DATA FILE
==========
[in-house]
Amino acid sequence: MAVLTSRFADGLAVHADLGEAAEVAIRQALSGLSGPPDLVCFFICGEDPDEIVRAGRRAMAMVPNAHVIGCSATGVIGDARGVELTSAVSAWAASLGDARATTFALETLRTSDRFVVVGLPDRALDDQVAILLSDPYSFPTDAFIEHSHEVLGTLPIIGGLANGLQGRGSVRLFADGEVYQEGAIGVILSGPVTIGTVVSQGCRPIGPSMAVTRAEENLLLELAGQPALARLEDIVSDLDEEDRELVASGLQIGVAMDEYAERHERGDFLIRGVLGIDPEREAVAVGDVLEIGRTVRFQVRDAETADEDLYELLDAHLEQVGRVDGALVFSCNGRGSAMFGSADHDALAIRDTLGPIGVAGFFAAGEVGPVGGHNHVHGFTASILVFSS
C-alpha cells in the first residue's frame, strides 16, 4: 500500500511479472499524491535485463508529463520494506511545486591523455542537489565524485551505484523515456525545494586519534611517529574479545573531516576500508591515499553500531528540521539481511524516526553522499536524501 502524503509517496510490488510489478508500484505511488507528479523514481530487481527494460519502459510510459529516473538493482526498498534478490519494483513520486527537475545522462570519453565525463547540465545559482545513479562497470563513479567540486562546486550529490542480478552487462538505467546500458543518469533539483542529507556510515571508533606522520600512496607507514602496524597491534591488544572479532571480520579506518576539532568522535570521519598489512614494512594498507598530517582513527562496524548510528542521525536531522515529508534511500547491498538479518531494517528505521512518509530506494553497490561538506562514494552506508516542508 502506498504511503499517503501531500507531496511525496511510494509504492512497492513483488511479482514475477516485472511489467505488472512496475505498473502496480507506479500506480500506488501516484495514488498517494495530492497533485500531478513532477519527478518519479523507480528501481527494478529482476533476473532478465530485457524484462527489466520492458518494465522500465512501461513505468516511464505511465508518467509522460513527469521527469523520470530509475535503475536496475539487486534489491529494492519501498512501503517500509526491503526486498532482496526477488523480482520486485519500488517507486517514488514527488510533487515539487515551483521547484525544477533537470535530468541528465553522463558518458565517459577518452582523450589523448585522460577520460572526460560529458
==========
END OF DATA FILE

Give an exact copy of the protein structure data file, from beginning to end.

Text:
[in-house]
Amino acid sequence: MAVLTSRFADGLAVHADLGEAAEVAIRQALSGLSGPPDLVCFFICGEDPDEIVRAGRRAMAMVPNAHVIGCSATGVIGDARGVELTSAVSAWAASLGDARATTFALETLRTSDRFVVVGLPDRALDDQVAILLSDPYSFPTDAFIEHSHEVLGTLPIIGGLANGLQGRGSVRLFADGEVYQEGAIGVILSGPVTIGTVVSQGCRPIGPSMAVTRAEENLLLELAGQPALARLEDIVSDLDEEDRELVASGLQIGVAMDEYAERHERGDFLIRGVLGIDPEREAVAVGDVLEIGRTVRFQVRDAETADEDLYELLDAHLEQVGRVDGALVFSCNGRGSAMFGSADHDALAIRDTLGPIGVAGFFAAGEVGPVGGHNHVHGFTASILVFSS
C-alpha cells in the first residue's frame, strides 16, 4: 500500500511479472499524491535485463508529463520494506511545486591523455542537489565524485551505484523515456525545494586519534611517529574479545573531516576500508591515499553500531528540521539481511524516526553522499536524501 502524503509517496510490488510489478508500484505511488507528479523514481530487481527494460519502459510510459529516473538493482526498498534478490519494483513520486527537475545522462570519453565525463547540465545559482545513479562497470563513479567540486562546486550529490542480478552487462538505467546500458543518469533539483542529507556510515571508533606522520600512496607507514602496524597491534591488544572479532571480520579506518576539532568522535570521519598489512614494512594498507598530517582513527562496524548510528542521525536531522515529508534511500547491498538479518531494517528505521512518509530506494553497490561538506562514494552506508516542508 502506498504511503499517503501531500507531496511525496511510494509504492512497492513483488511479482514475477516485472511489467505488472512496475505498473502496480507506479500506480500506488501516484495514488498517494495530492497533485500531478513532477519527478518519479523507480528501481527494478529482476533476473532478465530485457524484462527489466520492458518494465522500465512501461513505468516511464505511465508518467509522460513527469521527469523520470530509475535503475536496475539487486534489491529494492519501498512501503517500509526491503526486498532482496526477488523480482520486485519500488517507486517514488514527488510533487515539487515551483521547484525544477533537470535530468541528465553522463558518458565517459577518452582523450589523448585522460577520460572526460560529458